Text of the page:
• Other laws: Ordinance does not preempt or limit application of federal, state or other local laws.
  • Other laws: PSST can be coordinated with other leave laws such as FMLA, Domestic Violence Leave, Workers Compensation etc.

How does an employee request use of PSST?

  • Foreseeable leave: A written request at least 10 days in advance of leave (unless employers policy requires less notice.)
  • Unforeseeable leave: Give notice as soon as practicable (in compliance with the employers policy for unforeseeable leave).
  • Paid safe time: end of first day of for domestic violence, sexual assault or stalking.
  • Employer policies: Employer can require employees to follow their rules about giving notice.

Employee documentation for use of PSST:

  • 1-3 consecutive days: Employee not required to provide documentation.
  • More than 3 consecutive days: Employer may require documentation (e.g. statement from healthcare professional that sick time was necessary).
  • Clear instance or pattern of abuse: Employer may ask for documentation for absences that are shorter than 3 days.
  • Privacy: Employer cannot require statement regarding the nature of the illness or other private medical information (but FMLA and ADA may apply and permit such inquiries).
  • Payment for documentation:
  • If employer does not offer health insurance: Employer and employee each pay 50% of the cost to obtain documentation (services by health care professionals and facilities, prescribed testing and transportation service providers).
  • If employee declined health insurance: Employee is not entitled to reimbursement.
  • Paid SAFE time for domestic violence, sexual assault or stalking:
  • Police report.
  • Court order.
  • Documentation that the employee or employees family member is experiencing domestic violence, sexual assault, or stalking.
  • Employees written statement is acceptable documentation by itself.
  • Confidential no explanation required of the nature of the situation or reason for taking leave.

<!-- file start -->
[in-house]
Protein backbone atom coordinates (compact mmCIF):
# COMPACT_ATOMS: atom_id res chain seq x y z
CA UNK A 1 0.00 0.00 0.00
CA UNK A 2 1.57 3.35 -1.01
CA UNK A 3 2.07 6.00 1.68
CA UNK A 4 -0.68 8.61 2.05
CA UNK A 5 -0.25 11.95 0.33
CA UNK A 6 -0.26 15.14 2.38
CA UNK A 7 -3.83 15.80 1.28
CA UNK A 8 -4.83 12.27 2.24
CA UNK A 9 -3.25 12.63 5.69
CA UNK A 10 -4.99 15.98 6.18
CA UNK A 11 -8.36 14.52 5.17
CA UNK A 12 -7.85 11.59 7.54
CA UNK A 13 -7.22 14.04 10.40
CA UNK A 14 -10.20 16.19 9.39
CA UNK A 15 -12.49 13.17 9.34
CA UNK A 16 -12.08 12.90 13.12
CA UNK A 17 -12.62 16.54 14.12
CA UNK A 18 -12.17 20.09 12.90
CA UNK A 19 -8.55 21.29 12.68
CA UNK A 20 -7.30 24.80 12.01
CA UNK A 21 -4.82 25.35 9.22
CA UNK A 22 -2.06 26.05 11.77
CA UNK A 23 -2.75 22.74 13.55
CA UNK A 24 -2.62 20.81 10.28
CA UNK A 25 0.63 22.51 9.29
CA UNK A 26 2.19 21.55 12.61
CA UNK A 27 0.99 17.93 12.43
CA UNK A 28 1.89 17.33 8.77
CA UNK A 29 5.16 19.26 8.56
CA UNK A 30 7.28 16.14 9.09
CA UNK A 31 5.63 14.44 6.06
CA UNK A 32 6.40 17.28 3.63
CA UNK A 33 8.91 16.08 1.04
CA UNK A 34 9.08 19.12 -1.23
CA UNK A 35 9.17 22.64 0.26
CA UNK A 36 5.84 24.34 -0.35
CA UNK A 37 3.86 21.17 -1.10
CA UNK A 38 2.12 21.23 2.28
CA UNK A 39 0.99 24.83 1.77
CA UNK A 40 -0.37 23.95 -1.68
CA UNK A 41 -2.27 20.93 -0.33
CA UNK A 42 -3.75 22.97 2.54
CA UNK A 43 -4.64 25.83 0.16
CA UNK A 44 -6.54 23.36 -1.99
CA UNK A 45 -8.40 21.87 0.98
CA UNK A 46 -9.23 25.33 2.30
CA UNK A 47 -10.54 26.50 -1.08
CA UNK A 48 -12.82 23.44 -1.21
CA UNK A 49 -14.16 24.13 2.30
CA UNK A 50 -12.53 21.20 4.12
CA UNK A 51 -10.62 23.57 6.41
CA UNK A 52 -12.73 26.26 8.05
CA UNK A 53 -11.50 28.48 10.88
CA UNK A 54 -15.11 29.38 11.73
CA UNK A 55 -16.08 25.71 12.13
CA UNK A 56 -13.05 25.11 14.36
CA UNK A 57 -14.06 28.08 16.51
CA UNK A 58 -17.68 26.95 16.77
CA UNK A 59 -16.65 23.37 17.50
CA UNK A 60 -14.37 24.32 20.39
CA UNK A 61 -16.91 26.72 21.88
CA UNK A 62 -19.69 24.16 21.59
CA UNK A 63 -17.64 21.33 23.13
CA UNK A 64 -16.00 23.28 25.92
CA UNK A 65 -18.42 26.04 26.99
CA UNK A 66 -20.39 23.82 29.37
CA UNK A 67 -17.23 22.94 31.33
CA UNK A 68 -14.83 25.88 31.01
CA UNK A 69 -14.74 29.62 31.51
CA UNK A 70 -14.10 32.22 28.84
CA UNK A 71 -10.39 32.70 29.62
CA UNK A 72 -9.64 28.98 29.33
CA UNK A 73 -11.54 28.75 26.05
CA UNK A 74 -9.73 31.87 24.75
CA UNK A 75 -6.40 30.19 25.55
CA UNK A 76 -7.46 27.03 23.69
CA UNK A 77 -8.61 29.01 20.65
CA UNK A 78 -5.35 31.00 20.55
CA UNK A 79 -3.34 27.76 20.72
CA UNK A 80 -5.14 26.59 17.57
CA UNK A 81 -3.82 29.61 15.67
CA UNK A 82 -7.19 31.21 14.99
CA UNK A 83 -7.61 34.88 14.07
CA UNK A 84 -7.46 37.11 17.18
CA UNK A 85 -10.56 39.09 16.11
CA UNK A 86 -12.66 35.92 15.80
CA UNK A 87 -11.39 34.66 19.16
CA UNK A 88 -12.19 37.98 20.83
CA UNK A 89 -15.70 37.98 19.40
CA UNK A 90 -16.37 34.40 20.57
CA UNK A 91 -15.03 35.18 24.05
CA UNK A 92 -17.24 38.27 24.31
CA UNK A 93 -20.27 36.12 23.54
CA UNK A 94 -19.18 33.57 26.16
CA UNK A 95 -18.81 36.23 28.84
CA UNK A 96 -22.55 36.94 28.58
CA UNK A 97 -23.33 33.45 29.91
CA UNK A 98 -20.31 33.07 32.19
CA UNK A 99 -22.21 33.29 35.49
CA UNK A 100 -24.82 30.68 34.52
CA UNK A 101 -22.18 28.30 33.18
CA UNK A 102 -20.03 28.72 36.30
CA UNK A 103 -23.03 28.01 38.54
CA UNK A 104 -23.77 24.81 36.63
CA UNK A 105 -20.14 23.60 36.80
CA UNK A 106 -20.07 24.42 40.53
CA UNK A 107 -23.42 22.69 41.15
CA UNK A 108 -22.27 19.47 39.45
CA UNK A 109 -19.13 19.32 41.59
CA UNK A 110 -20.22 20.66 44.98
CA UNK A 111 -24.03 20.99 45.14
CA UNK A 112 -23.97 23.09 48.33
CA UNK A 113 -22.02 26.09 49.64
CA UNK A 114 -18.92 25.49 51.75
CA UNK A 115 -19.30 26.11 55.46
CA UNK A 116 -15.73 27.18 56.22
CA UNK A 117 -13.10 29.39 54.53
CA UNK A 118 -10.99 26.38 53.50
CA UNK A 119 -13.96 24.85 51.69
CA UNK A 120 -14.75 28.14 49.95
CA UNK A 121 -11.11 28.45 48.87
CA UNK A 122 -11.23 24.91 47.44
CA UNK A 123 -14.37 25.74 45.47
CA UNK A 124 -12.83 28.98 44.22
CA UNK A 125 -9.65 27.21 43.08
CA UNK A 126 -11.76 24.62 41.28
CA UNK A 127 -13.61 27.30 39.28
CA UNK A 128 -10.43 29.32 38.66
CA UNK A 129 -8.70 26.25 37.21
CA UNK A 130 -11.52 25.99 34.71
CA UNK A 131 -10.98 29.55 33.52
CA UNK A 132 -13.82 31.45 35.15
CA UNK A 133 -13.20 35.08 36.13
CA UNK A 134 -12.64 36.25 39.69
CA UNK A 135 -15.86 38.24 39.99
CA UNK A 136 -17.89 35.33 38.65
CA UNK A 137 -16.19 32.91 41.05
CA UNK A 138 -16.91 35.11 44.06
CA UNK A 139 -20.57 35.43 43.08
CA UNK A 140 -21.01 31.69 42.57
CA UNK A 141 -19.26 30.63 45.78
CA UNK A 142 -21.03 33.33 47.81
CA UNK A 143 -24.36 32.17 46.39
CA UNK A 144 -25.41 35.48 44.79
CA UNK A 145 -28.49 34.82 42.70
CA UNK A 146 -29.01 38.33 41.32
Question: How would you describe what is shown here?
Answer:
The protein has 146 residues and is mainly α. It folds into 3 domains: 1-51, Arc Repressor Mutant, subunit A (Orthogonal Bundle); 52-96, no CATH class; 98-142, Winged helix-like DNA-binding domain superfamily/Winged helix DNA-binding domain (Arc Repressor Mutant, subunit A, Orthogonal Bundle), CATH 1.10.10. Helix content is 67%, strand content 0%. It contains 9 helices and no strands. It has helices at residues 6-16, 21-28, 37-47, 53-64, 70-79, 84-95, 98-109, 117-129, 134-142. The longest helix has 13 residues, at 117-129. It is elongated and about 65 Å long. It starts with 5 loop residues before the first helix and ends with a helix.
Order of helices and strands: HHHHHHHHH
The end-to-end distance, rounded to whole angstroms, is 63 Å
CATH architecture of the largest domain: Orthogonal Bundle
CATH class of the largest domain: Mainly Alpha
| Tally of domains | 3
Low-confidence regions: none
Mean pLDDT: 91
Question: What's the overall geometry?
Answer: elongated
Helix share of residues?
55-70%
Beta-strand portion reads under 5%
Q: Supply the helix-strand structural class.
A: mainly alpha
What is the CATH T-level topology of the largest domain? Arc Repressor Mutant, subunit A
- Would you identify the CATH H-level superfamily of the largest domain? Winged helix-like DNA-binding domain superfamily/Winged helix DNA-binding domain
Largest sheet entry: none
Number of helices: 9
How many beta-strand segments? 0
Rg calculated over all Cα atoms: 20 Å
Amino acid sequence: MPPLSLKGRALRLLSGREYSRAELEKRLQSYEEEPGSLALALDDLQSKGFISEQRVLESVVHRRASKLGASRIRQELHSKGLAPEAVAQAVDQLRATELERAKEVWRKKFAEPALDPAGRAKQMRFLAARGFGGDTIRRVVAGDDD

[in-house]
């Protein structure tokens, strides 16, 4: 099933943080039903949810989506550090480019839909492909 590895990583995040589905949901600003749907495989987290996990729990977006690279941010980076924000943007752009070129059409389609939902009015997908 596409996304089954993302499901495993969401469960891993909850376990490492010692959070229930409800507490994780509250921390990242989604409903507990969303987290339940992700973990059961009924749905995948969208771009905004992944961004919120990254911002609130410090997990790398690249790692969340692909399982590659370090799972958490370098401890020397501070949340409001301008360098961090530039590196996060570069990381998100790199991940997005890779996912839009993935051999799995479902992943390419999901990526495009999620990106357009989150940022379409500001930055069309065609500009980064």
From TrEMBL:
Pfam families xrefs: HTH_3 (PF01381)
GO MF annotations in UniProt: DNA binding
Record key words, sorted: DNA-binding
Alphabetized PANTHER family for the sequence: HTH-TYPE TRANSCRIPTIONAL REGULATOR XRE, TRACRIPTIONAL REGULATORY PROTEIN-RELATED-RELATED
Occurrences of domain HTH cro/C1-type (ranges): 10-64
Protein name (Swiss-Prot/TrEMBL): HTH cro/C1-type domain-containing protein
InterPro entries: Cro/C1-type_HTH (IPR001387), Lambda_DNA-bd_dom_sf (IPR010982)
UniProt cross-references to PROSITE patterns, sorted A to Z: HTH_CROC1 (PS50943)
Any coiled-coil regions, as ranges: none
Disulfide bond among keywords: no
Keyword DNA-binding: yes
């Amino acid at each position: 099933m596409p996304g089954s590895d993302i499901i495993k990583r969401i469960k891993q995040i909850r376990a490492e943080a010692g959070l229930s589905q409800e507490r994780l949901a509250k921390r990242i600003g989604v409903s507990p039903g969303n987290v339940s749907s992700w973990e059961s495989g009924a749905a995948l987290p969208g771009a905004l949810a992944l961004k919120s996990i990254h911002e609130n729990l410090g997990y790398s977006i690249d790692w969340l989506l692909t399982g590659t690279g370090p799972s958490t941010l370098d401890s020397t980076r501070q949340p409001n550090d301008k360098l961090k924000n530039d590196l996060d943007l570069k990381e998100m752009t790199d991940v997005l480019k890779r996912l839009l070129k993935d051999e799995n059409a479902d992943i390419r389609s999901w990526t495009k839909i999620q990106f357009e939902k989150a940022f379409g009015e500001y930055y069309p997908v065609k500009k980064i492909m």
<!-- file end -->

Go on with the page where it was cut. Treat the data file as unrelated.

PSST and employer attendance policies:

  • Absence control policies: PSST cannot be counted as an absence that may result in discipline.
  • Clear instance or pattern of abuse: Employer can take reasonable action (e.g. discipline) for:
  • Repeated absences.
  • Absences that precede or follow regular days off, or some other pattern without valid reason.
  • Obtaining or using paid sick time improperly.

PSST notice and record-keeping requirements:

  • Notice: employers are required to provide notice to all employees who work in Seattle, regardless of employer tier size or location. Notice must be:
  • Conspicuous and accessible.
  • Physical and/or electronic.
  • Notification: Employers must provide notification of available PSST each time wages are paid:
  • By paystub and/or online.
  • Record keeping: Employers must retain PSST records for two years that indicate:
  • Employee hours worked in Seattle.
  • Accrued PSST by employee.
  • Use of PSST by employee.

Retaliation protection

  • Retaliation is illegal. Employers are prohibited from disciplining or discriminating against employees who have exercised their rights under the Ordinance.
  • Employee and third-party complaints are permitted.
  • Broad protection against retaliation: Anti-retaliation provision applies to ALL employers with one or more employees.

Collective Bargaining Agreements (CBA):

  • Waiver of rights is permitted:
  • In CBA or MOA (Memorandum of Agreement).
  • Must be in clear and unambiguous language.
  • Must include a specific reference to the Ordinance.

City of Seattle employees:

  • PSST Ordinance applies to City of Seattle employees:
  • Most City employees already receive PSST benefit.
  • City policies regarding temporary employees have been changed to comply with the Ordinance.